This basic tale—where the young superhero learns of his or her gifts and then struggles to accept them—is the latest trend in superhero plotlines, and has been covered thoroughly in recent years by, among other shows, Buffy and Charmed. But the audience already knows how Superman’s story starts and turns out. What’s missing are the middle chapters: and Smallville has an opportunity to consider the factors that shaped Clark Kent into Superman. Few of us can forget the changes we underwent, both physically and emotionally, during high school, and the series seems willing to look at them all, from getting your own car to getting your first kiss. This particular character’s duality has, of course, fascinated audiences for years, and the series is an in-depth examination of how this duality came to be, how Clark Kent incorporates both the boy and the hero into one complex life.
[If you know nothing of the Superman story, skip this next paragraph, as it contains spoilers.]
Having the audience already know the end of the story may allow the show’s writers some great opportunities for psychological drama, but it is also problematic in that many chances to build tension are ruined. No matter how the emerging love triangle plays out, Superman fans know that Lana is a temporary thing and that Lois Lane, the true love of Clark’s life, is still a few years down the road. There is no chance for long-term happiness for this couple, and believing there is going to be a happily ever after is a key element needed to get an audience to care about a couple’s emotional well-being. This same lack of tension affects Clark’s relationship with Lex, who will ultimately be Superman’s archenemy, despite attempts at bonding with him now.
Most important, though, is how we view Clark himself. No matter how many battles he must face or how many difficult lessons he must master, we know that he will emerge in about 10 years in Metropolis, doing just fine. If the writers veer storylines away from these eventual outcomes, viewers will undoubtedly cry foul. On the other hand, if the outcomes are too heavily foreshadowed, viewers will become bored. The writers will need to stay in a narrow zone in the middle, stressing the psychological aspects of the story as it develops, to keep viewers tuning in, a job they have done well in the first two episodes.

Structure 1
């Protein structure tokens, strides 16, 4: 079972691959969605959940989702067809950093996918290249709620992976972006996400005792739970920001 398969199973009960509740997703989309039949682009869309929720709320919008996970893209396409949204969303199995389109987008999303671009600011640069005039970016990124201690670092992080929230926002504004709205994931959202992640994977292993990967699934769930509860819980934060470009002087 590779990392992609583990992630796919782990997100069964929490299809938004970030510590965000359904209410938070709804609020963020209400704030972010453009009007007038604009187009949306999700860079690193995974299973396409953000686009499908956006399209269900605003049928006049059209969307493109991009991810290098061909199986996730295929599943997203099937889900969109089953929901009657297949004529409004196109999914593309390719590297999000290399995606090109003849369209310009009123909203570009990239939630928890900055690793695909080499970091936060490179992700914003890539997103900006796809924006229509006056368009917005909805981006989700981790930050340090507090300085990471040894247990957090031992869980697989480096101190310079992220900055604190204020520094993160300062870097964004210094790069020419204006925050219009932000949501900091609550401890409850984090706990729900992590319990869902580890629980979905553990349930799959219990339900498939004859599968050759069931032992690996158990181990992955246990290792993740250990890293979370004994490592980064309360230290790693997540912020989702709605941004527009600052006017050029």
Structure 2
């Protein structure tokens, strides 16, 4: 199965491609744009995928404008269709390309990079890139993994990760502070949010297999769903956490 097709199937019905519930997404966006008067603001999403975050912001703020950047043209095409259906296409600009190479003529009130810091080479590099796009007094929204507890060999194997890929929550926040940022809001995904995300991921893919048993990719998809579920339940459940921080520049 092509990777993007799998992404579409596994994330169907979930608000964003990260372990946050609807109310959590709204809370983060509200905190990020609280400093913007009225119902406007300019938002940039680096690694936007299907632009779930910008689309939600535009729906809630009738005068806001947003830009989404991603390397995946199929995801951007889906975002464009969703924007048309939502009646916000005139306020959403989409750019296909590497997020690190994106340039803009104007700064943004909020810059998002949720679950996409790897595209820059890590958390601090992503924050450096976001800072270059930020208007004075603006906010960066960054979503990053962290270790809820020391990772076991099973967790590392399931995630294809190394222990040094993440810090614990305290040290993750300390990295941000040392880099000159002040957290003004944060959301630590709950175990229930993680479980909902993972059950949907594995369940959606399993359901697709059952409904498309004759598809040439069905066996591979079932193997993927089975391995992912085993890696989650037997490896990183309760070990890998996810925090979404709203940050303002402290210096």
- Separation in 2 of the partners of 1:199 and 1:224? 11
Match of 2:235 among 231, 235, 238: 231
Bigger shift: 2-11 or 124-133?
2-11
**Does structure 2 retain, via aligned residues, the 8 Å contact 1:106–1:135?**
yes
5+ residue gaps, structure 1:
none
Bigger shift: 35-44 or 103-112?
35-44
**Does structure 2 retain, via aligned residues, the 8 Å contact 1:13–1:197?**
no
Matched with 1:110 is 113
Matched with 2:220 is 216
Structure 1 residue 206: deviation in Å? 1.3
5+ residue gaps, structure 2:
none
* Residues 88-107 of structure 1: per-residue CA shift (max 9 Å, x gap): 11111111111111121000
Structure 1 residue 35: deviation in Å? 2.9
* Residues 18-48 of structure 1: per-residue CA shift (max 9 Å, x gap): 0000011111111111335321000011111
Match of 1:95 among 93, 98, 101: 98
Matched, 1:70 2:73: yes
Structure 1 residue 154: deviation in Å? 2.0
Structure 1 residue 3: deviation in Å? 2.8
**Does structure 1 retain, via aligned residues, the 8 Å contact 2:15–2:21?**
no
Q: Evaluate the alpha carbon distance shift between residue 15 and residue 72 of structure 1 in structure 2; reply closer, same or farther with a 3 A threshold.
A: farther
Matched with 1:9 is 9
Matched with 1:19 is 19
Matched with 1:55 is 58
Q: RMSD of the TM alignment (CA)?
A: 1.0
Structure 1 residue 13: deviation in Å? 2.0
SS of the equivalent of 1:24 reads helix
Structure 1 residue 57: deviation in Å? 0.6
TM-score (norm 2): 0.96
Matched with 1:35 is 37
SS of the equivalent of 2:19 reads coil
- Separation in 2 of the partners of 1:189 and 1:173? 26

Also sure to keep viewers tuning in is Smallville‘s wonderful cast. Wellig, best known as Amy’s karate teacher boyfriend on Judging Amy, does a remarkable job conveying Clark’s conflicting emotions, but he is clearly too old to be playing a high school freshman. And it’s hard to believe that a boy this hot, with a body this tight, would be treated like the class nerd. Perfectly cast, though, is Kreuk, whose radiance and grace make it easy to understand why Clark would fall for her Lana. Try to take your eyes off her when she is on screen; it’s virtually impossible. And personally, I am always happy to see the underrated Annette O’Toole, who played Lana Lang in 1983’s Superman 3.
Coming after a series of popular Superman movies, Smallville confronts a legacy when it comes to special effects, but the show’s match most of what can be seen on the big screen. The accident scene, which showed the speeding car smashing into Clark, then both he and the car flying into the water below, was technically brilliant and frighteningly realistic. In episode two, Clark dreams of flying, only to wake as he is hovering a couple of feet over his bed, which he promptly crashes into. Compared to the accident, it was a simple effect to manage, but provided sharp comic relief. As Clark becomes more aware of his powers, the special effects team will have even more opportunities to impress.
Still, while the show may come up with high-tech effects, electrifying cast members, and thought-provoking scripts, nothing could ever replace the thrill felt by a six-year-old child as he gets lost in his first Superman comic book. No matter how many films or tv shows deal with the Superman legend, the wonder of that six-year-old is the hardest act to follow. Smallville comes closer than any Superman incarnation yet to capturing that sense of wonder, because it shows us the wonder that Clark feels as he becomes the man we love. Even if we know the end of the book, the middle chapters presented here are so much fun, there is no excuse for missing them.